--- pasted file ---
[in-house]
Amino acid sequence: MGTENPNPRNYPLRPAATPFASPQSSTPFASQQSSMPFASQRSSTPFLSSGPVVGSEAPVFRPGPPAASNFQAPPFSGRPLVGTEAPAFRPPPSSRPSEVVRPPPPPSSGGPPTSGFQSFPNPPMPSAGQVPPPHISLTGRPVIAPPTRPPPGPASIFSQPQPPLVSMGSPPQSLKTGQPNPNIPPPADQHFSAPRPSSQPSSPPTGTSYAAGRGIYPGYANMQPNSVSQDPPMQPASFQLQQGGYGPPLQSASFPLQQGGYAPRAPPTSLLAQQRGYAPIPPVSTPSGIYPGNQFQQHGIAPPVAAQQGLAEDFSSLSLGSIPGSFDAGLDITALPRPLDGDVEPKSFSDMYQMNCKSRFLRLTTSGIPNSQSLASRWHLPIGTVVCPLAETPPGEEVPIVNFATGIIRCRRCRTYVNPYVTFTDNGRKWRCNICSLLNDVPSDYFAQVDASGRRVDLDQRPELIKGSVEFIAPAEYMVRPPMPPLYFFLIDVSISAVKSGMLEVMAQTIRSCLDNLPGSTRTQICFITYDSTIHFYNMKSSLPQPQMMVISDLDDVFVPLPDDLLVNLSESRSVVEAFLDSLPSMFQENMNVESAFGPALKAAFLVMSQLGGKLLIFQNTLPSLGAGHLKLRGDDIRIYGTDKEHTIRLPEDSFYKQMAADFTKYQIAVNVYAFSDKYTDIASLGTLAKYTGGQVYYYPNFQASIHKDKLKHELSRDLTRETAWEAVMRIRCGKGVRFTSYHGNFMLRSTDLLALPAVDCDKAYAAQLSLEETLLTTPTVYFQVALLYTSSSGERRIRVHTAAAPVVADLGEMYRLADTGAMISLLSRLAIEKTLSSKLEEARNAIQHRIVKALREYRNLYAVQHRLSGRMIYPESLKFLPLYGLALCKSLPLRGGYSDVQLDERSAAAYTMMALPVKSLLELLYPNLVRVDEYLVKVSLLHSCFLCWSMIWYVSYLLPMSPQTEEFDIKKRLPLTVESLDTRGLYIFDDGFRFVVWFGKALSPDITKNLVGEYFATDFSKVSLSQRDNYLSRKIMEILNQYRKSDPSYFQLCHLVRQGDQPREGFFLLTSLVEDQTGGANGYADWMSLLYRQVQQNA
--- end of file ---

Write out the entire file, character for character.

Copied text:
[in-house]
Amino acid sequence: MGTENPNPRNYPLRPAATPFASPQSSTPFASQQSSMPFASQRSSTPFLSSGPVVGSEAPVFRPGPPAASNFQAPPFSGRPLVGTEAPAFRPPPSSRPSEVVRPPPPPSSGGPPTSGFQSFPNPPMPSAGQVPPPHISLTGRPVIAPPTRPPPGPASIFSQPQPPLVSMGSPPQSLKTGQPNPNIPPPADQHFSAPRPSSQPSSPPTGTSYAAGRGIYPGYANMQPNSVSQDPPMQPASFQLQQGGYGPPLQSASFPLQQGGYAPRAPPTSLLAQQRGYAPIPPVSTPSGIYPGNQFQQHGIAPPVAAQQGLAEDFSSLSLGSIPGSFDAGLDITALPRPLDGDVEPKSFSDMYQMNCKSRFLRLTTSGIPNSQSLASRWHLPIGTVVCPLAETPPGEEVPIVNFATGIIRCRRCRTYVNPYVTFTDNGRKWRCNICSLLNDVPSDYFAQVDASGRRVDLDQRPELIKGSVEFIAPAEYMVRPPMPPLYFFLIDVSISAVKSGMLEVMAQTIRSCLDNLPGSTRTQICFITYDSTIHFYNMKSSLPQPQMMVISDLDDVFVPLPDDLLVNLSESRSVVEAFLDSLPSMFQENMNVESAFGPALKAAFLVMSQLGGKLLIFQNTLPSLGAGHLKLRGDDIRIYGTDKEHTIRLPEDSFYKQMAADFTKYQIAVNVYAFSDKYTDIASLGTLAKYTGGQVYYYPNFQASIHKDKLKHELSRDLTRETAWEAVMRIRCGKGVRFTSYHGNFMLRSTDLLALPAVDCDKAYAAQLSLEETLLTTPTVYFQVALLYTSSSGERRIRVHTAAAPVVADLGEMYRLADTGAMISLLSRLAIEKTLSSKLEEARNAIQHRIVKALREYRNLYAVQHRLSGRMIYPESLKFLPLYGLALCKSLPLRGGYSDVQLDERSAAAYTMMALPVKSLLELLYPNLVRVDEYLVKVSLLHSCFLCWSMIWYVSYLLPMSPQTEEFDIKKRLPLTVESLDTRGLYIFDDGFRFVVWFGKALSPDITKNLVGEYFATDFSKVSLSQRDNYLSRKIMEILNQYRKSDPSYFQLCHLVRQGDQPREGFFLLTSLVEDQTGGANGYADWMSLLYRQVQQNA